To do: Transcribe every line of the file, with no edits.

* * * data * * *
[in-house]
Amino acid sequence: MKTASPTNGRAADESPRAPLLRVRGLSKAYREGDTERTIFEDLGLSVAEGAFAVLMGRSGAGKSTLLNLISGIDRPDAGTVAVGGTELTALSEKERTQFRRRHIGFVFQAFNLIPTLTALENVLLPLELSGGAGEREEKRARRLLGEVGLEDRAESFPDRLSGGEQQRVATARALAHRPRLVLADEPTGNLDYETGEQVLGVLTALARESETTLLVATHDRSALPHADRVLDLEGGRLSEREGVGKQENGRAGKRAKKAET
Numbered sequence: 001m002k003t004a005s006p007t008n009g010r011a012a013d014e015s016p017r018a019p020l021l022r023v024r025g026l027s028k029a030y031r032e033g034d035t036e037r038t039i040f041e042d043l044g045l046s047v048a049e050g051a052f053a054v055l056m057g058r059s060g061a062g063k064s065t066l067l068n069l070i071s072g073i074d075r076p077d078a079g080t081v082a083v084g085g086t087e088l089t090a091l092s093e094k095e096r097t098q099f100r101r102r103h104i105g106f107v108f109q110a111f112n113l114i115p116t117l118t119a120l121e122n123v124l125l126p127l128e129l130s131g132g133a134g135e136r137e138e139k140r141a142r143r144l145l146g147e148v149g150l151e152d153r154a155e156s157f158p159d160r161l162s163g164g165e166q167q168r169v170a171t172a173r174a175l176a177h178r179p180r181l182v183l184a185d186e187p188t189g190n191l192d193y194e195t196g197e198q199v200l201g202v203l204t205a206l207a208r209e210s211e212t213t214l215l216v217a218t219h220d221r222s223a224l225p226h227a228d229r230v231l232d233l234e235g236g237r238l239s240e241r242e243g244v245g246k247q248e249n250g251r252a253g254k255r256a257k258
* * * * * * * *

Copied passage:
[in-house]
Amino acid sequence: MKTASPTNGRAADESPRAPLLRVRGLSKAYREGDTERTIFEDLGLSVAEGAFAVLMGRSGAGKSTLLNLISGIDRPDAGTVAVGGTELTALSEKERTQFRRRHIGFVFQAFNLIPTLTALENVLLPLELSGGAGEREEKRARRLLGEVGLEDRAESFPDRLSGGEQQRVATARALAHRPRLVLADEPTGNLDYETGEQVLGVLTALARESETTLLVATHDRSALPHADRVLDLEGGRLSEREGVGKQENGRAGKRAKKAET
Numbered sequence: 001m002k003t004a005s006p007t008n009g010r011a012a013d014e015s016p017r018a019p020l021l022r023v024r025g026l027s028k029a030y031r032e033g034d035t036e037r038t039i040f041e042d043l044g045l046s047v048a049e050g051a052f053a054v055l056m057g058r059s060g061a062g063k064s065t066l067l068n069l070i071s072g073i074d075r076p077d078a079g080t081v082a083v084g085g086t087e088l089t090a091l092s093e094k095e096r097t098q099f100r101r102r103h104i105g106f107v108f109q110a111f112n113l114i115p116t117l118t119a120l121e122n123v124l125l126p127l128e129l130s131g132g133a134g135e136r137e138e139k140r141a142r143r144l145l146g147e148v149g150l151e152d153r154a155e156s157f158p159d160r161l162s163g164g165e166q167q168r169v170a171t172a173r174a175l176a177h178r179p180r181l182v183l184a185d186e187p188t189g190n191l192d193y194e195t196g197e198q199v200l201g202v203l204t205a206l207a208r209e210s211e212t213t214l215l216v217a218t219h220d221r222s223a224l225p226h227a228d229r230v231l232d233l234e235g236g237r238l239s240e241r242e243g244v245g246k247q248e249n250g251r252a253g254k255r256a257k258